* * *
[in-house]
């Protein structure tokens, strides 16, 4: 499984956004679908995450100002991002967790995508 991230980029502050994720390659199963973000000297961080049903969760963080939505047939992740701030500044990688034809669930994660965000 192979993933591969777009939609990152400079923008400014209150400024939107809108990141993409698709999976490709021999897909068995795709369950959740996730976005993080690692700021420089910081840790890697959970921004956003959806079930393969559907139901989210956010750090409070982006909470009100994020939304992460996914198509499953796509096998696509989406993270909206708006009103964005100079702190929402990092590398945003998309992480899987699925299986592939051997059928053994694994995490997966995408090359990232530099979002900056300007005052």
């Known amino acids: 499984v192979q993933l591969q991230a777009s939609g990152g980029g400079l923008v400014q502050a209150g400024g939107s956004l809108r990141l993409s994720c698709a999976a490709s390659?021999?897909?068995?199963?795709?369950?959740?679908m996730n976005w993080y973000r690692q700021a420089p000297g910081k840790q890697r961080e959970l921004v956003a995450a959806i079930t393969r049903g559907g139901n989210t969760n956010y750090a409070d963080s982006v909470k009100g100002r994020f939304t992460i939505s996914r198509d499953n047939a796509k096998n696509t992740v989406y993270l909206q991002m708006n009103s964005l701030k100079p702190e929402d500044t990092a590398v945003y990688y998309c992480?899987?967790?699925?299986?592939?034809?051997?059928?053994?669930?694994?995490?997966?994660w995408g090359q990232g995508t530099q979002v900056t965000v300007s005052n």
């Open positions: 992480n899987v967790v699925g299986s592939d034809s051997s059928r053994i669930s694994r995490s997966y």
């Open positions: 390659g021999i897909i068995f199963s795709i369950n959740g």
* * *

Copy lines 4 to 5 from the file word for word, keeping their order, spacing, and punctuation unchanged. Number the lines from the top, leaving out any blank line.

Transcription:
């Open positions: 992480n899987v967790v699925g299986s592939d034809s051997s059928r053994i669930s694994r995490s997966y």
């Open positions: 390659g021999i897909i068995f199963s795709i369950n959740g």